November 14th, 2011

Customer Service Help Desks

I am getting very tired of help lines that are not helpful. The latest offender is, believe it or not, Apple.
I ordered an item off their website, but somehow missed arranging for expedited shipping. First off, this is something I should have been able to fix online. But when I tried, a window popped up telling me to call the help line to change my shipping instructions.
Let me just say that the automated system that greets you is bloody brilliant. It was more like talking to a real person than the real person was.
The real person came on and repeated my order number back to me. I told her I had messed up placing the order and had wanted to expedite the shipping instead of keeping the standard. She asked for my name.
Now, I ask you, why on God’s green earth would not the order number bring up my name? Surely it would. Therefore this is merely a question to be certain that I have not screwed up the order number and am about to adjust someone else’s shipping. Okay, I get that. So why not just ask me if my name is Cassandra Chan? This is how regular people talk to each other.
Now I get put on “a brief one to two minute hold” while she brings up my order on her computer. If it’s not there, then how the hell is she verifying my name? And if all her software has given her is the order number & my name, then somebody has been writing some really crummy software.
She returns. She wants to know my address. So apparently just checking my order number and name was not enough. We also want to check my address, just in case I am phishing somebody else’s order. Well, if I have the order number and the name it goes with and yet am not legitimate, then wouldn’t I also have the address? Good grief.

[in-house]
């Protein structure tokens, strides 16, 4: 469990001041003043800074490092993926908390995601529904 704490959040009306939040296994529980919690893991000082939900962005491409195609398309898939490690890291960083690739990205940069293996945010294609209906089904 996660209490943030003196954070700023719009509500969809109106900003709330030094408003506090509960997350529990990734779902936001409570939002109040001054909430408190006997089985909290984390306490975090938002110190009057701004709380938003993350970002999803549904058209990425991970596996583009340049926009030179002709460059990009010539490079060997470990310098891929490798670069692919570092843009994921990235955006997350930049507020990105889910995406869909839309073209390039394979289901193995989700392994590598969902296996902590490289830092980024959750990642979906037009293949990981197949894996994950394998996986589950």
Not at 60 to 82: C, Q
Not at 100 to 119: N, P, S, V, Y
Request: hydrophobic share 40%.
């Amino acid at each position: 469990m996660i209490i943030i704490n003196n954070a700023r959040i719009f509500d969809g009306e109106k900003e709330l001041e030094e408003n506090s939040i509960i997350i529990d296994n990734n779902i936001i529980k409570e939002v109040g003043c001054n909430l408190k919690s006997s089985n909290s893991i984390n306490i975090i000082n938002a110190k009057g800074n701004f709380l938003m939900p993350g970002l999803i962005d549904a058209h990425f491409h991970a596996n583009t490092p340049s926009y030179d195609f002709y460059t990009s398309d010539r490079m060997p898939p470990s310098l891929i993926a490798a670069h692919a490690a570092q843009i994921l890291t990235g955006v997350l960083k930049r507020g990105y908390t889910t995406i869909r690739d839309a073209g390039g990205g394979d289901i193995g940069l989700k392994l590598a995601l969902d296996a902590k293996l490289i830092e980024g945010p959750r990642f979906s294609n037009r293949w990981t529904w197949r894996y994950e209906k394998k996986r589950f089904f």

All right, now we’re down to brass tacks, i.e., getting me expedited shipping. I know, from having tried to do this on the website, that I have three possibilities: 1) Overnight (I know I probably can’t afford that), 2) 2-day shipping, or 3) 2-3 day shipping. They didn’t tell me how much any of it would be, so I am expecting to go over the rates. Instead I get put on another “brief one to two minute hold” (this one lasted longer), at which point she comes back and tells me she’s taken care of it. WTF? I ask how much extra it is. I get put back on hold. She comes back and tells me it’s now 2-3 business days at no charge.
Well, I can’t argue with that. I thank her very much and hang up on the rest of her script. I may have fixed the problem, but I am still aggravated. Why on earth cannot companies understand that hemming in their employees with scripts only annoys their customers? They end up making the person on the other end of the phone feel as if the customer service rep isn’t really listening to them or responding to what they’re saying. It also makes for a very awkward conversation when one of the people has to constantly interject corporate-speak into it.
On top of that, there is no reason your rep should have to put a customer on hold unless there’s a problem or a higher authority needs to be appealed to. Instructing your reps to say “a brief one to two minute hold” does not alleviate this problem. It just makes it obvious that the company is aware of the problem and has decided to ignore it.
I suppose all this does make it possible for companies to hire people who really suck at customer service. Not that I’m accusing the woman I spoke to today of that—she wasn’t given the opportunity to demonstrate to me whether she was good at it or not.